I stood tiptoe upon a hill,
The air was cooling, and so very still,
That the sweet buds which with a modest pride
Pull droopingly, in slanted curve aside,
Their scantly leaved, and finely tapering stems,
Had not yet lost those starry diadems
Caught from the early sobbing of the morn.
The clouds were pure and white as flocks new shorn.
On First Looking into Chapman's Homer
Much have I traveled in the realms of gold,
And many goodly states and kingdoms seen;
Round many western islands have I been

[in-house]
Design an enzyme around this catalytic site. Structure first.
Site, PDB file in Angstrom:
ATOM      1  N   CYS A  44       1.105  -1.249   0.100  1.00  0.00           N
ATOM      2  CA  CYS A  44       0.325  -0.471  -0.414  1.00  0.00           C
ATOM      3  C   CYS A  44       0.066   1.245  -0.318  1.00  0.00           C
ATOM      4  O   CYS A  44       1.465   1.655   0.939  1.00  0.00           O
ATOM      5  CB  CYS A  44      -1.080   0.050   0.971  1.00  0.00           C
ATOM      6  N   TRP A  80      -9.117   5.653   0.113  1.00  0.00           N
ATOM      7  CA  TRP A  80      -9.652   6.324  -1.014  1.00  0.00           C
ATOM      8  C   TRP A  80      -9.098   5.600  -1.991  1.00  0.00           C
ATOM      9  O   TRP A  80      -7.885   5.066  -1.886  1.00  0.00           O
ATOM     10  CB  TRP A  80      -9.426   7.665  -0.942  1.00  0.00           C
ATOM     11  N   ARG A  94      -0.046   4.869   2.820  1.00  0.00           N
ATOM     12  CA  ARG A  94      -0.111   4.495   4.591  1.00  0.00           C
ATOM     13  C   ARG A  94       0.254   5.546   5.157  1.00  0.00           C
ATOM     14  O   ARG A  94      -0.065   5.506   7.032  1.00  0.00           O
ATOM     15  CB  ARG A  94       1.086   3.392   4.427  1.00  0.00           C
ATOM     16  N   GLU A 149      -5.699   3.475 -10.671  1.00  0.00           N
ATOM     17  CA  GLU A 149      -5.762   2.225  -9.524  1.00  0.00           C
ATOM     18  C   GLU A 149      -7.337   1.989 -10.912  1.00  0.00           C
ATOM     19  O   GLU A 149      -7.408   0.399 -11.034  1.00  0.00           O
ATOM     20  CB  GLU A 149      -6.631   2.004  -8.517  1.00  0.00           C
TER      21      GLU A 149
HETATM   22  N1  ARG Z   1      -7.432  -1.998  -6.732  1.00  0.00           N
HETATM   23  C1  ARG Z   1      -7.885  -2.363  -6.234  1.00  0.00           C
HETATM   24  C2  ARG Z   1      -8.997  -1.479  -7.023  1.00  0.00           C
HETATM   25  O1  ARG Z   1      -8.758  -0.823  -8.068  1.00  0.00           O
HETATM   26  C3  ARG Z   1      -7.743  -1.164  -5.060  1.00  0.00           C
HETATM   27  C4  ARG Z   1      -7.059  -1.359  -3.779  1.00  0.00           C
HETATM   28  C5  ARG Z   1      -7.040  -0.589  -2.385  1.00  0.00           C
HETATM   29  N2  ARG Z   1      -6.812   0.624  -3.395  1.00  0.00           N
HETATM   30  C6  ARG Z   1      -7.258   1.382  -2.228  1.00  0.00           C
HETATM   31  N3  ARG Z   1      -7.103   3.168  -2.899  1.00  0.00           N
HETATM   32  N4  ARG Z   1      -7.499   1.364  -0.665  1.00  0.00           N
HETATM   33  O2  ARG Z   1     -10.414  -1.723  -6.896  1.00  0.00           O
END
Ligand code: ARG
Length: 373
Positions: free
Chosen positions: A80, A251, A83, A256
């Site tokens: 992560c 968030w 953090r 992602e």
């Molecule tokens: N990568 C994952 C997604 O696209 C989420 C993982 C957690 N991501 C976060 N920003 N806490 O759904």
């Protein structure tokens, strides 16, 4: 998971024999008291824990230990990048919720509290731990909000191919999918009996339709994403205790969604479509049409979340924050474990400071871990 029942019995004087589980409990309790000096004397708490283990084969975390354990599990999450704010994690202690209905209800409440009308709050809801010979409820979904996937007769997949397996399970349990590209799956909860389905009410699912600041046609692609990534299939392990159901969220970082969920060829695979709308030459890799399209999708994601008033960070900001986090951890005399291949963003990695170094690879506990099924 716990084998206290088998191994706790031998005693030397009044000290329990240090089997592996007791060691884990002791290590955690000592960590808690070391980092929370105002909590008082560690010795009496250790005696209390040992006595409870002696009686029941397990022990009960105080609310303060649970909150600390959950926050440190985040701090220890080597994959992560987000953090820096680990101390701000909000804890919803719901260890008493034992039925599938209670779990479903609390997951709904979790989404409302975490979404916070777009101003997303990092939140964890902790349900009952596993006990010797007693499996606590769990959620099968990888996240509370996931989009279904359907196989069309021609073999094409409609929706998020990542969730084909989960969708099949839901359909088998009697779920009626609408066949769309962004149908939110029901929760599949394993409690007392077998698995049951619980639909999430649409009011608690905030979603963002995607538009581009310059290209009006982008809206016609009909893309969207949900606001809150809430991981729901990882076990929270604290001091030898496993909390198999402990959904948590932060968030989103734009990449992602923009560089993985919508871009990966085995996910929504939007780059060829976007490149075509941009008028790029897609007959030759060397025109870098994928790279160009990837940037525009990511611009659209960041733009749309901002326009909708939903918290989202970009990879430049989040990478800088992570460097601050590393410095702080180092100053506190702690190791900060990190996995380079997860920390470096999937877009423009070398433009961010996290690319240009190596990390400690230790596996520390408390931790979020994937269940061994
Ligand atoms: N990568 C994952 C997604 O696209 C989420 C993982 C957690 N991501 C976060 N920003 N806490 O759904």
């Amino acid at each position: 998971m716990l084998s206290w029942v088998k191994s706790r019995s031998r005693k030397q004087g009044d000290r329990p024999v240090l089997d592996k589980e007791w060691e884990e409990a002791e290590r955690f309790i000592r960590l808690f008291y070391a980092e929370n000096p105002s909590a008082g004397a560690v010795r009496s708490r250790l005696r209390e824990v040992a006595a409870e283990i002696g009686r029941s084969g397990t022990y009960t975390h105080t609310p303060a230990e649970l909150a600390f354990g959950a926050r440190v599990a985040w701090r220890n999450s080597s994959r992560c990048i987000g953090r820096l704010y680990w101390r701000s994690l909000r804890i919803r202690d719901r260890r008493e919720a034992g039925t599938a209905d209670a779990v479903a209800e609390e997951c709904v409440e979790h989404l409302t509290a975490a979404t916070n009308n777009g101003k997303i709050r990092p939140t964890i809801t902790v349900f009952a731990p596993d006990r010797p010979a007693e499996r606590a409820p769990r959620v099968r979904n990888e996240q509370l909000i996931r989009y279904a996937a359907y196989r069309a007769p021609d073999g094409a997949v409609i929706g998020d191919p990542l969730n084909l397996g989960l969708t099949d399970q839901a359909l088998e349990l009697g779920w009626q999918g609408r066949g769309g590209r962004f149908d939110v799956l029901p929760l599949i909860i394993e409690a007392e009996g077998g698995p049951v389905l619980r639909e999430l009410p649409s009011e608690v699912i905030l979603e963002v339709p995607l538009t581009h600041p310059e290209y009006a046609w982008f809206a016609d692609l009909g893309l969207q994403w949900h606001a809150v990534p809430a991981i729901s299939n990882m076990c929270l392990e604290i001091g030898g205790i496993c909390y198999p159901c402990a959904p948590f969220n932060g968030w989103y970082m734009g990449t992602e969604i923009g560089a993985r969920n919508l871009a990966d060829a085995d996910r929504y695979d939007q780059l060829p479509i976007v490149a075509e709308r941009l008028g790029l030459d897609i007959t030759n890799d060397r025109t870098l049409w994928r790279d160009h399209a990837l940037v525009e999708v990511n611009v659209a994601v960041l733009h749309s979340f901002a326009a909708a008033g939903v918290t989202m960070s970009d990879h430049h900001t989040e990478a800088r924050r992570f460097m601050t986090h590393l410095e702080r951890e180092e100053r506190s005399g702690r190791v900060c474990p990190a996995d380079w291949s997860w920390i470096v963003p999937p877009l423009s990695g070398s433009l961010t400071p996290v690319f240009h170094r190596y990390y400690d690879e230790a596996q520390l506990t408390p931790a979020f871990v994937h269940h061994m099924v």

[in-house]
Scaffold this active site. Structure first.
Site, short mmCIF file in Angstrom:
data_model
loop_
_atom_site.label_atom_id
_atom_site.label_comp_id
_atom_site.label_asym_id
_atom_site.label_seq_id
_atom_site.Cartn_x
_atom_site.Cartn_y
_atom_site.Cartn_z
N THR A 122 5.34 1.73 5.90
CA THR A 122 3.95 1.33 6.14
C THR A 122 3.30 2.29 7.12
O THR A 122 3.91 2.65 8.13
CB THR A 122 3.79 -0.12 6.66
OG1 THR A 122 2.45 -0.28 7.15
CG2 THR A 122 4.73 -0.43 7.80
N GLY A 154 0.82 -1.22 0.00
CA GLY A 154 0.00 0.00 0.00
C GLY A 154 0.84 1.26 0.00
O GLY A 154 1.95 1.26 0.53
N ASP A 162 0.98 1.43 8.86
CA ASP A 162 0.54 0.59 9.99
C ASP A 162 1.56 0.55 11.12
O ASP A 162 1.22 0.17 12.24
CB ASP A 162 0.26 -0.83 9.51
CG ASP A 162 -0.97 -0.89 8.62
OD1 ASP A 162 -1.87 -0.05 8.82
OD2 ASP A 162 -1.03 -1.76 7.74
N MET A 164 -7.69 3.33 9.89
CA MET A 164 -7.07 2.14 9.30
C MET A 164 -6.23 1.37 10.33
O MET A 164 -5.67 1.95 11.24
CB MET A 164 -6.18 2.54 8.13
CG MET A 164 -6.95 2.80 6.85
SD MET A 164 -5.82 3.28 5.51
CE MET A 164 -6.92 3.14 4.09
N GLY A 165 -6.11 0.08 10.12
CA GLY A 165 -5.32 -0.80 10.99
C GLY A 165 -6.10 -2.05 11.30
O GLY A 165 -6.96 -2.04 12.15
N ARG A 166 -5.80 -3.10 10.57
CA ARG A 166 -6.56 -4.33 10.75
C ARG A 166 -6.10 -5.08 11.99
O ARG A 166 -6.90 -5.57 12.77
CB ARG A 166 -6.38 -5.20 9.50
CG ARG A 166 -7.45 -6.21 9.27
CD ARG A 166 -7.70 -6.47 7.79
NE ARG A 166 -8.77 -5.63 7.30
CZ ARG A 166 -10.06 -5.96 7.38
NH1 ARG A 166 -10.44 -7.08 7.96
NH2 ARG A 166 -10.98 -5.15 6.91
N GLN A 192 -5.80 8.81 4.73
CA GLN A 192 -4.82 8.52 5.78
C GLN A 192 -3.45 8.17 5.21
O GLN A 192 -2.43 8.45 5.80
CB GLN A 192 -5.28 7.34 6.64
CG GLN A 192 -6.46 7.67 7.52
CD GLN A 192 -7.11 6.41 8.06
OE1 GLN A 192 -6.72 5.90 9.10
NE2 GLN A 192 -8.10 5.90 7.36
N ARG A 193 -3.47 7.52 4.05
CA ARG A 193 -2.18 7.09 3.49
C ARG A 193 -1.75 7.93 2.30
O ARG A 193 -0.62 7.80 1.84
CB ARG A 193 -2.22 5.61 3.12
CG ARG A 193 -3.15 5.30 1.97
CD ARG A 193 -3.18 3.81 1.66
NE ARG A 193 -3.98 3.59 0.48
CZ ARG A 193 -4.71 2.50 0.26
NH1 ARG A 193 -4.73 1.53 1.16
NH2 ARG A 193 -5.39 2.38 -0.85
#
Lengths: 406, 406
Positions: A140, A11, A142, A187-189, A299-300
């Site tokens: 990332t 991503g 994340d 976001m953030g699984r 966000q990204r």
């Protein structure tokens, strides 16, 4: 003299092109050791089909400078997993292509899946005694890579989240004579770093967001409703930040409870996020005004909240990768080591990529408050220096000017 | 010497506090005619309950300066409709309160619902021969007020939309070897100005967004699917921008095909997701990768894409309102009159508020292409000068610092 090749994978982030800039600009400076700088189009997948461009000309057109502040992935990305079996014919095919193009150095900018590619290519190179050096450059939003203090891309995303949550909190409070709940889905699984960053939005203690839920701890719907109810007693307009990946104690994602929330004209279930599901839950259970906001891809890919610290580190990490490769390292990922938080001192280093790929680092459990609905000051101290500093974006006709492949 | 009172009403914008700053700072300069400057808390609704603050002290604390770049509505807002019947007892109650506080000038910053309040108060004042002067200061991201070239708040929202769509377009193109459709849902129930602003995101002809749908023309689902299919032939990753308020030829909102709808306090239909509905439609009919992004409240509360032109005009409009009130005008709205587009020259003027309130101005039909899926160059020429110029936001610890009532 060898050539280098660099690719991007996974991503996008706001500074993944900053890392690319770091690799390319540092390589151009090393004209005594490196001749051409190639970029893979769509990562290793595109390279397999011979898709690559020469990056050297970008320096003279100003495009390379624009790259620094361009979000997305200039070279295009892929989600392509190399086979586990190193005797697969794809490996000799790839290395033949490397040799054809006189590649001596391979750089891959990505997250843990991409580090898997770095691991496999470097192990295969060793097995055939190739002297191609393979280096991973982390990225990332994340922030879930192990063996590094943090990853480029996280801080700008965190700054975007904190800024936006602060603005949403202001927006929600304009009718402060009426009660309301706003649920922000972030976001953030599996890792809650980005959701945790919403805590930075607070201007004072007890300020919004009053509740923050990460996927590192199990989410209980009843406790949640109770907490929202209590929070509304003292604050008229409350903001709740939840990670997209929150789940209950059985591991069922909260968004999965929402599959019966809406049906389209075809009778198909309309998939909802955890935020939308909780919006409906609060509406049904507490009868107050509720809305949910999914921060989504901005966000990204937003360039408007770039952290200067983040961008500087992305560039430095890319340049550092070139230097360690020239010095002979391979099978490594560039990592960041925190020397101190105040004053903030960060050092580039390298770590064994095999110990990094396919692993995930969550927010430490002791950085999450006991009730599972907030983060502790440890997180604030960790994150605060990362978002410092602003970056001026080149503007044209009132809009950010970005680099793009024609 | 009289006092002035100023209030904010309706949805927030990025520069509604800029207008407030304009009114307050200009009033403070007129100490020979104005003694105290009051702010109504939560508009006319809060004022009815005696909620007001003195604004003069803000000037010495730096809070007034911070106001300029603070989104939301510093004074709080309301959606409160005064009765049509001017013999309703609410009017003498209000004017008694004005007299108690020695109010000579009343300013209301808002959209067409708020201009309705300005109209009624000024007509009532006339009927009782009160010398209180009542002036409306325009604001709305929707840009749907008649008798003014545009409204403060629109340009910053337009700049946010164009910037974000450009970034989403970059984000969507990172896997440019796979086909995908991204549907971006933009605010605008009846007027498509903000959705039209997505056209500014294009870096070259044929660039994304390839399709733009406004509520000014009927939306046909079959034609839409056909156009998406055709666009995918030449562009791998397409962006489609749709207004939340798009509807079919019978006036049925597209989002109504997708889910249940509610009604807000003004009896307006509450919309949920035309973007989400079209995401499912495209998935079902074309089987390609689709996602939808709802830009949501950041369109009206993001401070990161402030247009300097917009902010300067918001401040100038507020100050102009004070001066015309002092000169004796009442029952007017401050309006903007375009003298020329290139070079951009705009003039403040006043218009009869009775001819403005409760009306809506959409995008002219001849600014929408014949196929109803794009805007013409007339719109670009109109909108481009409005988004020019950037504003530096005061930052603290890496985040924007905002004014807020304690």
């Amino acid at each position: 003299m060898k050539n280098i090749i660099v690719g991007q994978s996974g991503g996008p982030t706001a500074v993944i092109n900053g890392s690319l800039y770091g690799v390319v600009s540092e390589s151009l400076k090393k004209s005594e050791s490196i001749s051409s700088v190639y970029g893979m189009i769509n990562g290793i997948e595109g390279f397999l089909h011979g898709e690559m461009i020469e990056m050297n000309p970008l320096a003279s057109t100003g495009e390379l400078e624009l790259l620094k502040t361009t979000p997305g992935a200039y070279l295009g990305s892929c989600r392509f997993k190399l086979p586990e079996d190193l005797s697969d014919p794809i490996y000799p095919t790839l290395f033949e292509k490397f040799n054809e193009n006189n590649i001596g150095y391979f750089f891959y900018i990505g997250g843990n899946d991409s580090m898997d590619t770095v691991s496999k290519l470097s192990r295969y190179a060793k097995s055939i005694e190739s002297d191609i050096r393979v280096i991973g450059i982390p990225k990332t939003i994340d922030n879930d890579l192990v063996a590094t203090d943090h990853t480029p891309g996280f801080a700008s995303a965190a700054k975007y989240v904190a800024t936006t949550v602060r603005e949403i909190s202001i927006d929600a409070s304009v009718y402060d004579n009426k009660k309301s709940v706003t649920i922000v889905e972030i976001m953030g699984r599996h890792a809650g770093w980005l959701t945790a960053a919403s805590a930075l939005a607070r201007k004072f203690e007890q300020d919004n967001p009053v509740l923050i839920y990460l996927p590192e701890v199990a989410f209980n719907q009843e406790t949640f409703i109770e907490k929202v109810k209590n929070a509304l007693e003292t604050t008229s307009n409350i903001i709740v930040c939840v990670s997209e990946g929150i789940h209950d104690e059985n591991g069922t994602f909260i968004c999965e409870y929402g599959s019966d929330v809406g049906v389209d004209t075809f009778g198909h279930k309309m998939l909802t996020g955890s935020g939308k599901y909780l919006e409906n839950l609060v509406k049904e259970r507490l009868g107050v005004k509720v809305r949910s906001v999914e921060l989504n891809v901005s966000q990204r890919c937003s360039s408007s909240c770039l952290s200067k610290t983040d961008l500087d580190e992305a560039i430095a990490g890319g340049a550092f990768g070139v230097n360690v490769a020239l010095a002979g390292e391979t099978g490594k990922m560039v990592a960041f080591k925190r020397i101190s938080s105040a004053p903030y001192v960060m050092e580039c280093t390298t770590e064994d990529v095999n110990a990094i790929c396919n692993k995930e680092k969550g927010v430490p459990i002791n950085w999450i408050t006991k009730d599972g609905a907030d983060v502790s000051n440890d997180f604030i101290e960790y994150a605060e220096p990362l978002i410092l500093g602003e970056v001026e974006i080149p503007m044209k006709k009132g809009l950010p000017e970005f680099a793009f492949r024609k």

Which bards in fealty to Apollo hold.
Oft of one wide expanse had I been told
That deep-browed Homer ruled as his demesne;
Yet did I never breathe its pure serene
Till I heard Chapman speak out loud and bold;
Then felt I like some watcher of the skies
When a new plant swims into his ken;
Or like stout Cortez when with eagle eyes
He started at the Pacific-and all his men
Looked at each other with wild surmise-
Silent, upon a peak in Darien